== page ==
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5
votes
risk of lightning injury. (Of course, in thunderstorms don't forget the risk of hail. If you cycle any distance in "unstable" weather you should have a helmet (obviously) and at least a durable jacket to protect you from serious injury from hailstones.) …
answered Jul 28 '13 by Daniel R Hicks
3
votes
tires at their proper pressure. Re cold weather, it's probably not a good idea to start out biking below about 10C, though once you get used to it (and collect the right bits of clothing) -20C is … and some sort of wind-resistant shell, but it's surprisingly critical to KEEP COOL, so the "shell" must "breathe" to a degree, and insulation should be on the light side, given the weather. There are …
answered Jan 18 '12 by Daniel R Hicks
3
votes
In theory, since the sprockets are so wide, and the belt lacks holes, snow/mud that gets between sprocket and belt will be packed into the notches and could build up if conditions are right. This cou …
answered Aug 10 '11 by Daniel R Hicks
9
votes
weather is not too bad (below 75F and maybe 60% humidity), you travel only a short distance (maybe 2 miles max) on relatively level ground, and you maintain a very "casual" pace, then you can hope to …
answered May 2 '13 by Daniel R Hicks
2
votes
Specific product recommendations are off-topic here. With regard to bike fenders, though, there are several things to consider. Fit is perhaps the most important -- the fenders must not only fit but …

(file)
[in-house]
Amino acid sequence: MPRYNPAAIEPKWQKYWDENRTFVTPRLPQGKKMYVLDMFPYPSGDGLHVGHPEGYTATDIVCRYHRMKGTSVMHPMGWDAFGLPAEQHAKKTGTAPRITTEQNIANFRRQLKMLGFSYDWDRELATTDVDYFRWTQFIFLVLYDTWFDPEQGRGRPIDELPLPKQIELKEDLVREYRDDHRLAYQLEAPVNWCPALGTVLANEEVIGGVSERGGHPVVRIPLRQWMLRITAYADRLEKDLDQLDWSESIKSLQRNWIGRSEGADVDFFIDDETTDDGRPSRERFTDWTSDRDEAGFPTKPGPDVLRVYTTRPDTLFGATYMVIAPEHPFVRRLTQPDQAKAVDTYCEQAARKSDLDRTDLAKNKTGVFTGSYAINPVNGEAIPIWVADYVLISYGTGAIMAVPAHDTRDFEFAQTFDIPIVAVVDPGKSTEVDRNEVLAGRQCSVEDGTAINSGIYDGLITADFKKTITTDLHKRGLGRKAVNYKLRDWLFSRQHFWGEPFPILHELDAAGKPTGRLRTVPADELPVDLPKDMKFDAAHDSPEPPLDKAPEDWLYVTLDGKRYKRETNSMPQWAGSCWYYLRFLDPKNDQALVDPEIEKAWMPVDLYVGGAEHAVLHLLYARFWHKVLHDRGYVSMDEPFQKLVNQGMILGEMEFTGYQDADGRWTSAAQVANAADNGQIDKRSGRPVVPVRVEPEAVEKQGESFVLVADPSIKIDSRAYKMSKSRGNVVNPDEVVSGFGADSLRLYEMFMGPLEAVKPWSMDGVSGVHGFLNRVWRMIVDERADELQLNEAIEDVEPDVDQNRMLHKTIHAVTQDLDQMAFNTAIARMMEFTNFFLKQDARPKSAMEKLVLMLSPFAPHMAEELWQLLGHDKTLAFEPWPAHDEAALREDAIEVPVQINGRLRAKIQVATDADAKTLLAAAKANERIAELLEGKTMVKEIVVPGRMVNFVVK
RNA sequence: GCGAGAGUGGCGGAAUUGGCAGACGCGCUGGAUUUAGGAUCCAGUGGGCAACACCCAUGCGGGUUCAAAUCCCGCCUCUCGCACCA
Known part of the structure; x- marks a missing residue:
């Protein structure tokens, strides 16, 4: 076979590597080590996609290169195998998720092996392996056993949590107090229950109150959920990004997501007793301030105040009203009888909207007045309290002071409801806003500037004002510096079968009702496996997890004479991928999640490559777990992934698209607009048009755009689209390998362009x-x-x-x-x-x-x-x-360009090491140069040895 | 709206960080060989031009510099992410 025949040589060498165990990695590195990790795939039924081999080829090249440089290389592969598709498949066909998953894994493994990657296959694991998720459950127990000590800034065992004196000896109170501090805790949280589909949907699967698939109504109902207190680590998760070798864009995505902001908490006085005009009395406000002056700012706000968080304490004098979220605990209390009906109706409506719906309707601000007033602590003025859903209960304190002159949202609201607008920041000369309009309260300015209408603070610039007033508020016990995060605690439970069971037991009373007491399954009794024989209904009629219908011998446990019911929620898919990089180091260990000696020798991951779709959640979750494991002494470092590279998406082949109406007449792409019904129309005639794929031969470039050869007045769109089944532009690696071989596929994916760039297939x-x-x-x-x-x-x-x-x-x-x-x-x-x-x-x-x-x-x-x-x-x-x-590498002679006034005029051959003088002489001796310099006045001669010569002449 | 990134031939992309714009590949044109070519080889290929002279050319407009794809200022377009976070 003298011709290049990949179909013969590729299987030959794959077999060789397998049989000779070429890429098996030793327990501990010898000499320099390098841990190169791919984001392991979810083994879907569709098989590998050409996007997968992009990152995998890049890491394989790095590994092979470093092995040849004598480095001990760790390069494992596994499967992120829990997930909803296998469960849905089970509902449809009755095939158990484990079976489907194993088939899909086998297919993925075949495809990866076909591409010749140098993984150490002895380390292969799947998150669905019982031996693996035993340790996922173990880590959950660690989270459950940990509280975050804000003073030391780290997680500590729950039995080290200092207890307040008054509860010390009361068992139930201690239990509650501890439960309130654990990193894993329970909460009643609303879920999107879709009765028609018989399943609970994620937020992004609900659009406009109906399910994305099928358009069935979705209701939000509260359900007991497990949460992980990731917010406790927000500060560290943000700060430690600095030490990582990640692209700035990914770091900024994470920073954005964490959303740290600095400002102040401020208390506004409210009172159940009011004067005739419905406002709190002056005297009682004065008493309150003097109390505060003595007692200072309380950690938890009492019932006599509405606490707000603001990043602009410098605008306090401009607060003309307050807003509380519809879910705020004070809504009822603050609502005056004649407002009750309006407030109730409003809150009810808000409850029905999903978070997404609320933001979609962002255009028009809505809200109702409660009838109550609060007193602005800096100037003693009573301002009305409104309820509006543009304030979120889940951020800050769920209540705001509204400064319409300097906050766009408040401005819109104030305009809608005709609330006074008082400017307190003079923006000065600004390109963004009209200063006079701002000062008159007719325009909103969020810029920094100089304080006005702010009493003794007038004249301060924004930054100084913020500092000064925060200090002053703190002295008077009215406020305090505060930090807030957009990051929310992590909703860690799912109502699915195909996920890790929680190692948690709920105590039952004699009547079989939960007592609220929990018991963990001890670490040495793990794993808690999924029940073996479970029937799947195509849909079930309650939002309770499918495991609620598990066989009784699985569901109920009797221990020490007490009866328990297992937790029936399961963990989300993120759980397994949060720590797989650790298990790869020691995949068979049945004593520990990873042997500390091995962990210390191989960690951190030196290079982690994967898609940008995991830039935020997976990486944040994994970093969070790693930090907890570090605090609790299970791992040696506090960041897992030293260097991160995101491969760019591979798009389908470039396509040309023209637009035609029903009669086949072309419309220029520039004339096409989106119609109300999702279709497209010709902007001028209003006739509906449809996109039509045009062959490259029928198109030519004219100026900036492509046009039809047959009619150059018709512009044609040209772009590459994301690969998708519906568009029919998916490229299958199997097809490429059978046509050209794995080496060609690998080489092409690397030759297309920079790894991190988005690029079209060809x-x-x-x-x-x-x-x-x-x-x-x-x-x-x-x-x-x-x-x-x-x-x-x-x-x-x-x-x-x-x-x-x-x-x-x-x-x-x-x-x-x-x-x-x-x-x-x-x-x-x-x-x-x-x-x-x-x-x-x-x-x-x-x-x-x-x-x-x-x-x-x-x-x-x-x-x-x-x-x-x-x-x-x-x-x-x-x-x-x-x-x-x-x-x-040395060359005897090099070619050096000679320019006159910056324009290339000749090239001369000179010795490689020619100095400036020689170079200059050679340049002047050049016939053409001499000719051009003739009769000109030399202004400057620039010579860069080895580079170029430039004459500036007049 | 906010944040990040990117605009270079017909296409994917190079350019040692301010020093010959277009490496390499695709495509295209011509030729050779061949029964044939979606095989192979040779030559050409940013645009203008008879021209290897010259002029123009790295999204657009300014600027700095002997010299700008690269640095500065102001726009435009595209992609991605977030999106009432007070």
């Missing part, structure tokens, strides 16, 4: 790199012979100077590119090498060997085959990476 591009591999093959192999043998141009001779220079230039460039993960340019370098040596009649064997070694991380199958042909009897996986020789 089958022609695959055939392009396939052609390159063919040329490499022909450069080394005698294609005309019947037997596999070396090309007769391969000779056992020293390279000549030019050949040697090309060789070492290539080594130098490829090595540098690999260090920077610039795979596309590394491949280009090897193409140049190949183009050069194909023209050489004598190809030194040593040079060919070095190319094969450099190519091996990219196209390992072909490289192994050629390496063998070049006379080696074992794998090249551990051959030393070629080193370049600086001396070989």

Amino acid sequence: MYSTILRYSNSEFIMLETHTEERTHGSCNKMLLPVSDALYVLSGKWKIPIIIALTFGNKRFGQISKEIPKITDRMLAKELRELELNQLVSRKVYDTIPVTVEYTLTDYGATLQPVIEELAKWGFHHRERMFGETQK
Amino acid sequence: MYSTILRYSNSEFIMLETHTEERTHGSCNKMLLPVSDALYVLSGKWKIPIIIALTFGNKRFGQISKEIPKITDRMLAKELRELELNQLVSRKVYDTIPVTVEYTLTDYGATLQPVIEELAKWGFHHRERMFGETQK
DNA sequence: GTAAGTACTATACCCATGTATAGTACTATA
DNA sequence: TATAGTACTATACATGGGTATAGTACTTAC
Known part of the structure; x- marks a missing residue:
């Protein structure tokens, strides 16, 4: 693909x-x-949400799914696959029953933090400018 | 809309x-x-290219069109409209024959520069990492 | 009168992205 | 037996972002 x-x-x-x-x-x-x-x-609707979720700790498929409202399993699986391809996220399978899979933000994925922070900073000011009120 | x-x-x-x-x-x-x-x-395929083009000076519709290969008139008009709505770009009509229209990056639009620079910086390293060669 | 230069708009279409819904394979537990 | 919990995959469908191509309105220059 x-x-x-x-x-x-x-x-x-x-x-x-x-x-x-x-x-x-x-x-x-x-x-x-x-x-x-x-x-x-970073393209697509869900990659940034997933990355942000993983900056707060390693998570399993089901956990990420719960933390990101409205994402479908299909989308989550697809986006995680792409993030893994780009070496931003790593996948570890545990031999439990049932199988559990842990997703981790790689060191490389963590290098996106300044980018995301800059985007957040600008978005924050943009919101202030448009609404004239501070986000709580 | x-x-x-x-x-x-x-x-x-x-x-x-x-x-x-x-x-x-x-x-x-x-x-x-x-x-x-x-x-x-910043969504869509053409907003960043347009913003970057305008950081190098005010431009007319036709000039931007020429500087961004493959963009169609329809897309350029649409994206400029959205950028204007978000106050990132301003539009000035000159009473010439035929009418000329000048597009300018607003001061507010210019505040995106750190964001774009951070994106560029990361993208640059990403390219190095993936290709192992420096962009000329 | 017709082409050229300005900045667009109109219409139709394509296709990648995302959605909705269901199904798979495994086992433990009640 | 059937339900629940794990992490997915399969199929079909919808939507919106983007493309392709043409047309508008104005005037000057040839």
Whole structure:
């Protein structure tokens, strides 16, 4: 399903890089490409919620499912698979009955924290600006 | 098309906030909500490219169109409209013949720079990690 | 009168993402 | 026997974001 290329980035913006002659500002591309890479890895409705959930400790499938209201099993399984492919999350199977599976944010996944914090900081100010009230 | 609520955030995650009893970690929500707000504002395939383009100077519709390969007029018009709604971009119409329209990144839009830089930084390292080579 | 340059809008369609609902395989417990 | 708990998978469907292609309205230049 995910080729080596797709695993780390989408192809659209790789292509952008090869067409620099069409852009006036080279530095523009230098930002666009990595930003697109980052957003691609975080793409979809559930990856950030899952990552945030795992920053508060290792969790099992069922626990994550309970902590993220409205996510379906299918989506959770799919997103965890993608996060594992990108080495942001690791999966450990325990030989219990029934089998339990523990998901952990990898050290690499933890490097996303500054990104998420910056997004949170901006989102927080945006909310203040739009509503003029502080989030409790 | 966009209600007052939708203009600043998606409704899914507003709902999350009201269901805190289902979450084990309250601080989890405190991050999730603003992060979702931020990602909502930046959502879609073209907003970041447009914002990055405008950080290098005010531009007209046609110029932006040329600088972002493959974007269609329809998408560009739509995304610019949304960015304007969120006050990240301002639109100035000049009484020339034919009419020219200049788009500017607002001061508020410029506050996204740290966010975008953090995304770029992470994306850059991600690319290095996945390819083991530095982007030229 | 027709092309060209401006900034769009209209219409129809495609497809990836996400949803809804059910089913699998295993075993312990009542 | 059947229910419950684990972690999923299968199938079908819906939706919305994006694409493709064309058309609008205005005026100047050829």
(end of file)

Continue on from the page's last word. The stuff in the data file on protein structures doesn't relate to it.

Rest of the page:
answered Oct 20 '18 by Daniel R Hicks
2
votes
First you need to analyze the pavement a bit -- smooth pavement or rough, is it generally pretty clean or is there a light coating of sand or dust, or perhaps a heavy coating? Narrow, high-pressure b …
answered Oct 11 '11 by Daniel R Hicks
2
votes
Snow and ice are two entirely different conditions. For snow more or less standard "mountain bike" tires are generally fine. Lowering tire pressure is NOT usually a good idea. For any amount of ice …
answered Nov 30 '11 by Daniel R Hicks
1
vote
Gaiters such as skiers wear would be another option.
answered Aug 23 '11 by Daniel R Hicks
1
vote
Not snow, not ice. As to wet, it depends on whether the pavement is simply wet, or oily, or muddy, or what-have-you.
answered Oct 19 '11 by Daniel R Hicks
3
votes
Just very generally speaking: First survey your route for "choke points" -- places like river crossings where you're forced to choose between a limited number of pathways. Pick an overall route that …
answered Oct 11 '12 by Daniel R Hicks